Monday, September 29, 2008

The Octopus' Garden

Sixty feet down, near the end of a long dive, a glimpse of the Northern Pacific Giant Octopus; you can just see suckers on one of its arms--as big around as my own--at around 2:00 minutes into the video. The octopus rests in the day but comes out to hunt at night; something I'd love to see. One of the octupus caves, the front yard of which was littered with crab shells and other octopus meal remains, was big enough for me to swim into..but I backed off of that very foolish plan at the last moment. The undersea world is so astounding that you almost can't help but do foolish things to explore it.

Towards the beginning of the video you can observe the beautiful motions of a large Lion's Mane Jellyfish. I'm endlessly fascinated by these creatures, and I'm writing something about them at the moment. There are around 30 species of luminescent jellyfish in Puget follows that a very reasonable thing to do will be to dive there at night, settle at a good depth, turn off all the lights, and just wait for the natural lights to come on and ghost around and above us.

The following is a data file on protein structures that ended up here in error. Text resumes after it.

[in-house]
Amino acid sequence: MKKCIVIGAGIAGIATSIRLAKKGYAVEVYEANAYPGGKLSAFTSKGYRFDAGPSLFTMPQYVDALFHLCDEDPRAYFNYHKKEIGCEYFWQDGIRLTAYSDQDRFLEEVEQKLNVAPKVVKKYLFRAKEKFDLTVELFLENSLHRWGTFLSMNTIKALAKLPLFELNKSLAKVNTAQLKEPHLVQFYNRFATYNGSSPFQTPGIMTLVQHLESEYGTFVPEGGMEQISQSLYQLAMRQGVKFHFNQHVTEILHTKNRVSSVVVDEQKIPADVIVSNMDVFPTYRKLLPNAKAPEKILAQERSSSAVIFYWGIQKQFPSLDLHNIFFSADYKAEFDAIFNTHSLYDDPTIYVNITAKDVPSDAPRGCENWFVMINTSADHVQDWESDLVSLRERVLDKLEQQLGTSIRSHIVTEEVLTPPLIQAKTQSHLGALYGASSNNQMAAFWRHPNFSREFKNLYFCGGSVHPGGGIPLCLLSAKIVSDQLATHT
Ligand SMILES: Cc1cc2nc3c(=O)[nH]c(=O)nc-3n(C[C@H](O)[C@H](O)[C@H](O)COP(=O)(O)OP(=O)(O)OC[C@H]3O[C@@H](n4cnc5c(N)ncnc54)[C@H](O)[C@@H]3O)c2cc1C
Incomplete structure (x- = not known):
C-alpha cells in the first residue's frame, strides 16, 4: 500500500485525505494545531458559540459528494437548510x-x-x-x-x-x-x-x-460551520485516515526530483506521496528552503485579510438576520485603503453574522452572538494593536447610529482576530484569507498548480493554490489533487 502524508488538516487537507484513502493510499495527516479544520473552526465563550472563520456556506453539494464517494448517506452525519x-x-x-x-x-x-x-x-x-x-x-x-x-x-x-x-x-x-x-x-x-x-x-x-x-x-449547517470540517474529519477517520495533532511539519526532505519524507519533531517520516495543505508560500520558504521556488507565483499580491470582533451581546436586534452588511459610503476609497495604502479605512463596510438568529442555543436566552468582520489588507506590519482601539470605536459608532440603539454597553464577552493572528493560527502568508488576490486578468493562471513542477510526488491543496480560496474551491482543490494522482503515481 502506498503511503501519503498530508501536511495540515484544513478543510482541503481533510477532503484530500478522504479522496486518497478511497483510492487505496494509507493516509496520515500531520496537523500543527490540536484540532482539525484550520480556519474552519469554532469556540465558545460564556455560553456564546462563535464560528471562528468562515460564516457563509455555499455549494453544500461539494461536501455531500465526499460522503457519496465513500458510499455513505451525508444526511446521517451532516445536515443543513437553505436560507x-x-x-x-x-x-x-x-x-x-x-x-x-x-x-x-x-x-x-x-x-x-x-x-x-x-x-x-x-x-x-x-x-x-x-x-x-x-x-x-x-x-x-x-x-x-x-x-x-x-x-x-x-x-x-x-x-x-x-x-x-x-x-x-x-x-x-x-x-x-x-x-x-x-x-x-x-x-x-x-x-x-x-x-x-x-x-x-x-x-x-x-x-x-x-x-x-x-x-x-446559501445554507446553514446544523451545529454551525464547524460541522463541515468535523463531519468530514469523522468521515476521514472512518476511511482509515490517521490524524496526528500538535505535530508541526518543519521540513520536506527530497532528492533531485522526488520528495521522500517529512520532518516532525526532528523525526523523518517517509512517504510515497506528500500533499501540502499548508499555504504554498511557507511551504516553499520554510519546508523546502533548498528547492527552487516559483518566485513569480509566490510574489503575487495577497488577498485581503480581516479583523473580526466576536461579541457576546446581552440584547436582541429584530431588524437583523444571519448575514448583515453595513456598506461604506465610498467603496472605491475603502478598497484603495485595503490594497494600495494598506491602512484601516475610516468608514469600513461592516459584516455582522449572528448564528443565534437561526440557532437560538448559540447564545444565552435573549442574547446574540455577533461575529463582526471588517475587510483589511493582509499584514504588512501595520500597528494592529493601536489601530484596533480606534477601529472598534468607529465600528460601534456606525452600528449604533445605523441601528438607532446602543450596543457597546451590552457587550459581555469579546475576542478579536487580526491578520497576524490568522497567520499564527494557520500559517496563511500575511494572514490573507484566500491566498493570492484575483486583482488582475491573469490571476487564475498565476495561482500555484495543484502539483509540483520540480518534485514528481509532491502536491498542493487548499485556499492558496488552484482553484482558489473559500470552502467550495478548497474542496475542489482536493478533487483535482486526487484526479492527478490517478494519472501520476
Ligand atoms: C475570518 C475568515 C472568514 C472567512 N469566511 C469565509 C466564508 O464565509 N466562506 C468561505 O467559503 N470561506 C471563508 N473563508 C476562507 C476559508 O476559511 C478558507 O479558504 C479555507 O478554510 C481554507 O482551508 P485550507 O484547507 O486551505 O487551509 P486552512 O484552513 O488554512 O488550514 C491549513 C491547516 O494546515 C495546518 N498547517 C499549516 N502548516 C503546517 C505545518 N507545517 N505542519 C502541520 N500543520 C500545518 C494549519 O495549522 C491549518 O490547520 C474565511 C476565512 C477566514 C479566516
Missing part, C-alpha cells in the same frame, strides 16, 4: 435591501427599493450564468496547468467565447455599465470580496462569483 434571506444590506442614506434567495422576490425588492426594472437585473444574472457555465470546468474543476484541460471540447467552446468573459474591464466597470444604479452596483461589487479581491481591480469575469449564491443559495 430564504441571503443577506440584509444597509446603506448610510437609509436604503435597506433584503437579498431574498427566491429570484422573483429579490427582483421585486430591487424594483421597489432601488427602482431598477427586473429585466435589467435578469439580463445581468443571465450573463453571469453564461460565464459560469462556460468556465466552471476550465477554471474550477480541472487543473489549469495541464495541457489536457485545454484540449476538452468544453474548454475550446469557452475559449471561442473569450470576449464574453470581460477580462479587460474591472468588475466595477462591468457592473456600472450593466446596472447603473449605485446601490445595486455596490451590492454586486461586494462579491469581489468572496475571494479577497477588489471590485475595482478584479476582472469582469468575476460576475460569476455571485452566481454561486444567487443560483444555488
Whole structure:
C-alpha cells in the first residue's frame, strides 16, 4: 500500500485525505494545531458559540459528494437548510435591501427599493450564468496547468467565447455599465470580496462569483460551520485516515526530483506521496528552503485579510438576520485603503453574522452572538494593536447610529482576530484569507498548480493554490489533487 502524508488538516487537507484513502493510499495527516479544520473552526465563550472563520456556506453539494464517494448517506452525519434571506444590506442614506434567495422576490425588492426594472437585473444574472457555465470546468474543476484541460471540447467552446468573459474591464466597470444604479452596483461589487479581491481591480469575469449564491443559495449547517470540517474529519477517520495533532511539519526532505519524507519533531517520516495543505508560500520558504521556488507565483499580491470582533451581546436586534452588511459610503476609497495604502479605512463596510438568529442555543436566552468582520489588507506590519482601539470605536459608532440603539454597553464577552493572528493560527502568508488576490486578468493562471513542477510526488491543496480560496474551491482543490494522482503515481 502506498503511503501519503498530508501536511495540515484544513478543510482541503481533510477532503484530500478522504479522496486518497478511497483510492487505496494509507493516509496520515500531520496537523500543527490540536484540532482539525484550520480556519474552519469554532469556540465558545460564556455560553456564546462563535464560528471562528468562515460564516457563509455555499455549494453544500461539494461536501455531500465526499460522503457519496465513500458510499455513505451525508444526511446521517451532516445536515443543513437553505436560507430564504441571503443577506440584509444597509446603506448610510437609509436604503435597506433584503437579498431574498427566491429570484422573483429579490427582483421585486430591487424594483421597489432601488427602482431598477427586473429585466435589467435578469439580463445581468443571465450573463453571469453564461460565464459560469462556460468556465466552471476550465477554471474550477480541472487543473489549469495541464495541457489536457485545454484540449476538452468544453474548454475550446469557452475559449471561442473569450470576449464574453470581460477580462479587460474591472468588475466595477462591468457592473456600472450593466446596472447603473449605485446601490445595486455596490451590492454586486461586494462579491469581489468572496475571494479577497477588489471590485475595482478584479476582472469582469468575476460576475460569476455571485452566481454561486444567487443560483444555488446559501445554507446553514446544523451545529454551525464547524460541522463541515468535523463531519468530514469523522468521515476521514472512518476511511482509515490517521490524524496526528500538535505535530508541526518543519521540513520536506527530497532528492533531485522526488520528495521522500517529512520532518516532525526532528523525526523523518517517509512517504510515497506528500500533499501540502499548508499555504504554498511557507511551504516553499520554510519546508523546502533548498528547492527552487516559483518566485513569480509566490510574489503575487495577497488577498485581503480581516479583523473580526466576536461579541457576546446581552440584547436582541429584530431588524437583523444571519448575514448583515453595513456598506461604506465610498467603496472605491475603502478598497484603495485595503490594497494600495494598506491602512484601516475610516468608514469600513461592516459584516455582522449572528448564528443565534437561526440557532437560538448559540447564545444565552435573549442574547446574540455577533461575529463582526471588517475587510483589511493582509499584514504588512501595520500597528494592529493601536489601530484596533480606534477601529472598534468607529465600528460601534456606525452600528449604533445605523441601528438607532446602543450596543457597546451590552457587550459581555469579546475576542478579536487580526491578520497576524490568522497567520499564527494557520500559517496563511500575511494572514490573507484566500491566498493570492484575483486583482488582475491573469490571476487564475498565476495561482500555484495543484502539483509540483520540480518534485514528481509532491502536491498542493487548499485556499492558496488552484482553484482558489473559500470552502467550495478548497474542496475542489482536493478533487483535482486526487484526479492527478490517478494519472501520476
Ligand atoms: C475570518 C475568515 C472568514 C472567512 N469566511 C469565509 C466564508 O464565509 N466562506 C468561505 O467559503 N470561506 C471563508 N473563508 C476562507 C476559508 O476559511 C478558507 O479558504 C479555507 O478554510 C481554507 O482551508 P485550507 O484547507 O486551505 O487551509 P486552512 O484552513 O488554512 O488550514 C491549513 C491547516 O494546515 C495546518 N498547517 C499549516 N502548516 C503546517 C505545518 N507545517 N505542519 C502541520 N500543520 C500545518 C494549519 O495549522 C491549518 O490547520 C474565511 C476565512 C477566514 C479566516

Being immersed in the water, wrote Philippe Diole, is like moving through "vast silk."

Video shot by me and by Todd Olson.


Blues Greene said...

More great stuff Cameron. It's wonderful that most of the fish and other creatures seem largely indifferent to you presence there. I'm curious as to just exactly where you shot this. Is diving a stress reducer? No doubt.

Cameron McPherson Smith said...

yes, the sea creatures just sort of look at you and move along. apparently the octopi will come and touch you, just to check you out, with a tentacle-tip, if you remain calm. i'm looking forward to that. in my opinion the whole undersea world has to be re-described; so much of what we think of about diving and the water are dangers, things that hollywood and other drama-machines have focused on. it's such a different world. no doubht, there are things there that will eat you alive, but they're few. most animals, you'd really have to provoke to be attacked. one of the great things here is that unlike a deer or much other land-based life, here you can get right up to the animal, inches from it. a very different kind of wilderness!